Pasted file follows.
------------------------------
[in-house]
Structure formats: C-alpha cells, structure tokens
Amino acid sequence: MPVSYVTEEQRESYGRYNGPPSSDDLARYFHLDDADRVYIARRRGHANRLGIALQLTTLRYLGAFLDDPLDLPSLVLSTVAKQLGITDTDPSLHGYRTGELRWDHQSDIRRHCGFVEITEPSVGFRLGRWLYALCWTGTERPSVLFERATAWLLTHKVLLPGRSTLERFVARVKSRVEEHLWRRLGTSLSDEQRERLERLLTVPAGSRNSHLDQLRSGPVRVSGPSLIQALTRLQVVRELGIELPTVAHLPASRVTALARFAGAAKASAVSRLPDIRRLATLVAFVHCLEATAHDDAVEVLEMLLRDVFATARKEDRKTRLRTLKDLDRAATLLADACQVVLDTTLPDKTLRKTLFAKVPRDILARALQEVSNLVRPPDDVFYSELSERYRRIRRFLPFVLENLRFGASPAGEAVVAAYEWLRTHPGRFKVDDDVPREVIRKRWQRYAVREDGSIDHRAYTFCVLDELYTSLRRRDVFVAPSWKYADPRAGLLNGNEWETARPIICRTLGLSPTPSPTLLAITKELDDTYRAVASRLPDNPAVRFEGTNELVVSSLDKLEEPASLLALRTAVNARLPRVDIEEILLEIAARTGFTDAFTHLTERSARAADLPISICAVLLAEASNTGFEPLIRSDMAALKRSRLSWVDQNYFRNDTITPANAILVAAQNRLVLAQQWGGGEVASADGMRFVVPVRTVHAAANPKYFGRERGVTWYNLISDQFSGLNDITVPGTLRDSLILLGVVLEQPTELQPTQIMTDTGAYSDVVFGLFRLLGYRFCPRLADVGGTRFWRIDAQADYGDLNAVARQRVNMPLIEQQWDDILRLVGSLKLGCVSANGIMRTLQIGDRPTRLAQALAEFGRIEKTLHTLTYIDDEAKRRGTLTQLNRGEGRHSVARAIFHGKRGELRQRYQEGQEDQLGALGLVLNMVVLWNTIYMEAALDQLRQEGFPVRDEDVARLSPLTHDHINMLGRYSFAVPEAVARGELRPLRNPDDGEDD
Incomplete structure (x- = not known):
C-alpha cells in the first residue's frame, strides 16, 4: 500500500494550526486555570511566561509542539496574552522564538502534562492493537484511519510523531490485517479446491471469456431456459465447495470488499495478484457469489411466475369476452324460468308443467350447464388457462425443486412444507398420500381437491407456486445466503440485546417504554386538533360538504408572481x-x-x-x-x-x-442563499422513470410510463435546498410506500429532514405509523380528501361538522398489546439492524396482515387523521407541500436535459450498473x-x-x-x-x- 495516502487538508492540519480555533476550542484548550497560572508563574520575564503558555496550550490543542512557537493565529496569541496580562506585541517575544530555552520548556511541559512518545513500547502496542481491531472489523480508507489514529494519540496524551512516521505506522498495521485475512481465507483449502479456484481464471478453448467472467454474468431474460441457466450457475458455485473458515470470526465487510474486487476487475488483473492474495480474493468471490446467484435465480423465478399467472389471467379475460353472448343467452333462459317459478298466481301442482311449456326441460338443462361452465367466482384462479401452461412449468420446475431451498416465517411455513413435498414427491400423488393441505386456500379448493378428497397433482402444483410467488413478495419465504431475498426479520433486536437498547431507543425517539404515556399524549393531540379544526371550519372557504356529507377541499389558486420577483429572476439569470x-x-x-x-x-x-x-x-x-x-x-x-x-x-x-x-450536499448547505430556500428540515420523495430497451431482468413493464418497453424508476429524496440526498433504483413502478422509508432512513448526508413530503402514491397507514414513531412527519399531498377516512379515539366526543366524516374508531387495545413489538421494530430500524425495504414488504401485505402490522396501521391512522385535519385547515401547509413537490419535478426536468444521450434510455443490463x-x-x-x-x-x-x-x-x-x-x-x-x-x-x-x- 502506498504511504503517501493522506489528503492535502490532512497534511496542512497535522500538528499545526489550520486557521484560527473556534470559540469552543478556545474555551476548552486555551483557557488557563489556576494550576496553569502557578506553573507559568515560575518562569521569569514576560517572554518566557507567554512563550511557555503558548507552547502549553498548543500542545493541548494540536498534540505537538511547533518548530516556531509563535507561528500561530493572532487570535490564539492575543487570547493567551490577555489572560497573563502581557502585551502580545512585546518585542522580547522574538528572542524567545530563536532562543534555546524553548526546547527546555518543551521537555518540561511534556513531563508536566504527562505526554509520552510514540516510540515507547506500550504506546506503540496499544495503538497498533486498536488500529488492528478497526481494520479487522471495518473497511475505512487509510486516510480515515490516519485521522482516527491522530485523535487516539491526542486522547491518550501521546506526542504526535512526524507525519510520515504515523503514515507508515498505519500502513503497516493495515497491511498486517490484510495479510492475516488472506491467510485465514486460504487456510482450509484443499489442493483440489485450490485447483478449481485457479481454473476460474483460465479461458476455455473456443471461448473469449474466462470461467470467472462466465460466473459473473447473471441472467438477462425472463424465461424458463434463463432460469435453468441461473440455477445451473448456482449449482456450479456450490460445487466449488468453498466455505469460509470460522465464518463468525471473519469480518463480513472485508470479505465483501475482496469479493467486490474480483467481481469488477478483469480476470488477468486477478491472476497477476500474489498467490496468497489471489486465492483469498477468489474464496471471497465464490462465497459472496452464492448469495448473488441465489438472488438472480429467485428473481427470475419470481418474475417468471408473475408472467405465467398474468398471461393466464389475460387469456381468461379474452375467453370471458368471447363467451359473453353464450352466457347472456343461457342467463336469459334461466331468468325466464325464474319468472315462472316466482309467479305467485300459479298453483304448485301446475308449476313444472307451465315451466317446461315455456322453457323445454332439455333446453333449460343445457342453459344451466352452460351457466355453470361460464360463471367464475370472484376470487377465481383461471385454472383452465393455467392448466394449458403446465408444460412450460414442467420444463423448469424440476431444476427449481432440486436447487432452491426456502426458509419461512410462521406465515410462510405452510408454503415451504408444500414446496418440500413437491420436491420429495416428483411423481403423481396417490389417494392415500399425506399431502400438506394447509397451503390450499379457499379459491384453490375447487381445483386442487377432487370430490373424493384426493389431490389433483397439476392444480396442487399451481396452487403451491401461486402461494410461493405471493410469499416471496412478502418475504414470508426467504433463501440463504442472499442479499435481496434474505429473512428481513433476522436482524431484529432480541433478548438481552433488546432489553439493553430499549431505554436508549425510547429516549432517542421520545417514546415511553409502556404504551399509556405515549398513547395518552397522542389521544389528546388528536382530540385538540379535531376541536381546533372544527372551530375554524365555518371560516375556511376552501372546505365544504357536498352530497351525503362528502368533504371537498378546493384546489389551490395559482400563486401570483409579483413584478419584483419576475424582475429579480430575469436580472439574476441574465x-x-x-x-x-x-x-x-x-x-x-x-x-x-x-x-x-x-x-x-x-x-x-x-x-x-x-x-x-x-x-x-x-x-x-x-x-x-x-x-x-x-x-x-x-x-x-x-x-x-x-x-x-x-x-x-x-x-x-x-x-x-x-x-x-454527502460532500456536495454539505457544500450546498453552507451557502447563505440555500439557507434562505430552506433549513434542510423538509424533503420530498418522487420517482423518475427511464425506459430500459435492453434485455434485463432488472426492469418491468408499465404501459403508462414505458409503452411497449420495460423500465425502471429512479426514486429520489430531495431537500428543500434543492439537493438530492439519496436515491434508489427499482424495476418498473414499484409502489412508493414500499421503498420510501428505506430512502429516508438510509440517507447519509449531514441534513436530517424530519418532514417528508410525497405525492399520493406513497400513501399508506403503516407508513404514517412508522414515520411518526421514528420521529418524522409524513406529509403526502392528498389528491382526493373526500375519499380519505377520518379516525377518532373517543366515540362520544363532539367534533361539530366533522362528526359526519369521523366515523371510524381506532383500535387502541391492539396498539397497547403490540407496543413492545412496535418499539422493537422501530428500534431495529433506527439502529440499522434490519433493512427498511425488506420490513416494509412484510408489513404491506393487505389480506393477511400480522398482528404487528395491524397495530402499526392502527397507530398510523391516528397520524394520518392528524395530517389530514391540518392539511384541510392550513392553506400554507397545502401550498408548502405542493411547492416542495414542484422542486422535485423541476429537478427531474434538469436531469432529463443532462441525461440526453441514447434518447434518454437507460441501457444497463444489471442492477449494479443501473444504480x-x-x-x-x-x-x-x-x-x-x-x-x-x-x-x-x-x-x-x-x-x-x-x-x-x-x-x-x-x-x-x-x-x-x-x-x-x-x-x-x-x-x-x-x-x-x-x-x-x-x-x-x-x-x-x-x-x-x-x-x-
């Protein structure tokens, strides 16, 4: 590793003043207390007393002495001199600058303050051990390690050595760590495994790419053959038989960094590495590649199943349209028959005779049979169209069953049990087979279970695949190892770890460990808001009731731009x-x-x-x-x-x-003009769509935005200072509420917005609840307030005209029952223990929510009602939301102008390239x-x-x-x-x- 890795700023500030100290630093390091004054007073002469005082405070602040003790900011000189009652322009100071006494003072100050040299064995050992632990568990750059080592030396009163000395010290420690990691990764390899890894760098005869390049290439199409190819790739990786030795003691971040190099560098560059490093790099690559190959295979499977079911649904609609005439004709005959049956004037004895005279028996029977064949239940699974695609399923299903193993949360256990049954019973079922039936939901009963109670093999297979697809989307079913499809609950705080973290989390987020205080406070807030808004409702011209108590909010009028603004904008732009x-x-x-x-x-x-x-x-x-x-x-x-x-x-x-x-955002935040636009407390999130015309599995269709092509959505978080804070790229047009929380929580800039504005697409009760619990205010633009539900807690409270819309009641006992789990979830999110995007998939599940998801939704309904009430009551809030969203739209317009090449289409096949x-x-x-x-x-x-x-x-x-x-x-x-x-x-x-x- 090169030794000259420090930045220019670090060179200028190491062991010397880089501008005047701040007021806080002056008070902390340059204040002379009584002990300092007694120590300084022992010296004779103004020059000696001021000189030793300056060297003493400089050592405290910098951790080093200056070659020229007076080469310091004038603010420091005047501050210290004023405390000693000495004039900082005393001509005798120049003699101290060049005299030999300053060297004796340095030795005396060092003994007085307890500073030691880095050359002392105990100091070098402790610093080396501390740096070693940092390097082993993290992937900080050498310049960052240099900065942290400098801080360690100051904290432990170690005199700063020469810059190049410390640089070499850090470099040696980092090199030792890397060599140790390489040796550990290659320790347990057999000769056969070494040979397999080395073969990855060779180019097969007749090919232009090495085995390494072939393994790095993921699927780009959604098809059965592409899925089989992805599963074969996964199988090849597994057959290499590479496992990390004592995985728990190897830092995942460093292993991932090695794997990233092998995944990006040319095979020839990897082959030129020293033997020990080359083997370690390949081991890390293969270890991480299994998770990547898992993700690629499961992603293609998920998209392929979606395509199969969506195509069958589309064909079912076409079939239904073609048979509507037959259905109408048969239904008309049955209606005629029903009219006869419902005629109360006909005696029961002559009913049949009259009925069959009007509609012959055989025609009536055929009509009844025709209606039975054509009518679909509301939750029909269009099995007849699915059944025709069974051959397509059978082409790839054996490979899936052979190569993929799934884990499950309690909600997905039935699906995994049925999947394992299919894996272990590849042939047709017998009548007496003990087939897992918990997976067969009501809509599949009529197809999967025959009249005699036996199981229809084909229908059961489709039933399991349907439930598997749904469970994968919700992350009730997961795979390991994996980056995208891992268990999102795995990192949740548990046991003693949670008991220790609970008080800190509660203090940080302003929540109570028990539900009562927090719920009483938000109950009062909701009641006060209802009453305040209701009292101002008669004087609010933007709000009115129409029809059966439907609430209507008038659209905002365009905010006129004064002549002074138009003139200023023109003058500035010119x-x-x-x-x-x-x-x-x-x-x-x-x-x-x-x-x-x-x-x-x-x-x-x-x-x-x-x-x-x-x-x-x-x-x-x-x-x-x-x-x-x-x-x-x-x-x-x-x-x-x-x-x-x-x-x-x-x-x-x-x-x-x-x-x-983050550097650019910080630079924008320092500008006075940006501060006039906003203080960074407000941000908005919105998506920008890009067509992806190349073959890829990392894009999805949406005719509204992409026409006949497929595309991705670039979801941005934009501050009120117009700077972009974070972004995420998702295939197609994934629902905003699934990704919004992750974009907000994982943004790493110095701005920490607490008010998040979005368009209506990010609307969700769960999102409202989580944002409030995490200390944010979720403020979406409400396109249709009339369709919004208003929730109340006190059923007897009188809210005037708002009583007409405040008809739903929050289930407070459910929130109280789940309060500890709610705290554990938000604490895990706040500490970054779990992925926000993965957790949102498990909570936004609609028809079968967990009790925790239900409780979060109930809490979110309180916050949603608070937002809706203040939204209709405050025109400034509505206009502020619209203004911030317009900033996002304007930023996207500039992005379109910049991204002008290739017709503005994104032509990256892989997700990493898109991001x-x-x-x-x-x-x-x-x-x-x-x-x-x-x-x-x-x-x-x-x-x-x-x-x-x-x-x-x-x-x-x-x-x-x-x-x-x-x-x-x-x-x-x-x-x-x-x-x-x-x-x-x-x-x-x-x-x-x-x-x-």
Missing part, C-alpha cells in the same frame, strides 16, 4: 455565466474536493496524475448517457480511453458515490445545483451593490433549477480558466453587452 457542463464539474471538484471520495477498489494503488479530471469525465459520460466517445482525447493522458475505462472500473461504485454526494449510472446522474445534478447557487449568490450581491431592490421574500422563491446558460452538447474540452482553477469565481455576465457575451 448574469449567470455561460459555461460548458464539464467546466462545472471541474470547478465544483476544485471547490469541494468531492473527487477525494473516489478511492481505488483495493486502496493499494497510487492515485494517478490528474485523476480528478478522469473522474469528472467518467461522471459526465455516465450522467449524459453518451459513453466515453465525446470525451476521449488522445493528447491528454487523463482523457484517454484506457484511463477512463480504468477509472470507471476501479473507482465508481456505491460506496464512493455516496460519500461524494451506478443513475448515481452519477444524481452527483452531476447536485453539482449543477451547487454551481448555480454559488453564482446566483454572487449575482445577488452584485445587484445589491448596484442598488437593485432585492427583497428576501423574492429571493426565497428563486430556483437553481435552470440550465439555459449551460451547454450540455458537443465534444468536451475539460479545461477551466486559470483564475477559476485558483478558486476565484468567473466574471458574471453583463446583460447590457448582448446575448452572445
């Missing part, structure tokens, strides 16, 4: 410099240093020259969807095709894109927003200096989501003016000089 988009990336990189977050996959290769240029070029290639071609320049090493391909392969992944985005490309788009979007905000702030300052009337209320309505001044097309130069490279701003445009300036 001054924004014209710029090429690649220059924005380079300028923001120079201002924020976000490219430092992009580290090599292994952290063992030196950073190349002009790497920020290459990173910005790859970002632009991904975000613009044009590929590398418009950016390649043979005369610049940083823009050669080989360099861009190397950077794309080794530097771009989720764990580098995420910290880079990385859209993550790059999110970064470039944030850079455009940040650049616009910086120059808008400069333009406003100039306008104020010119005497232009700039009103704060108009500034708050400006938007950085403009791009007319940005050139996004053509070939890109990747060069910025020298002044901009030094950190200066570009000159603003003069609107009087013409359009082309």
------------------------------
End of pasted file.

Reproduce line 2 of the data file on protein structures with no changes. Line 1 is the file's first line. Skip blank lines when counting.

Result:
Structure formats: C-alpha cells, structure tokens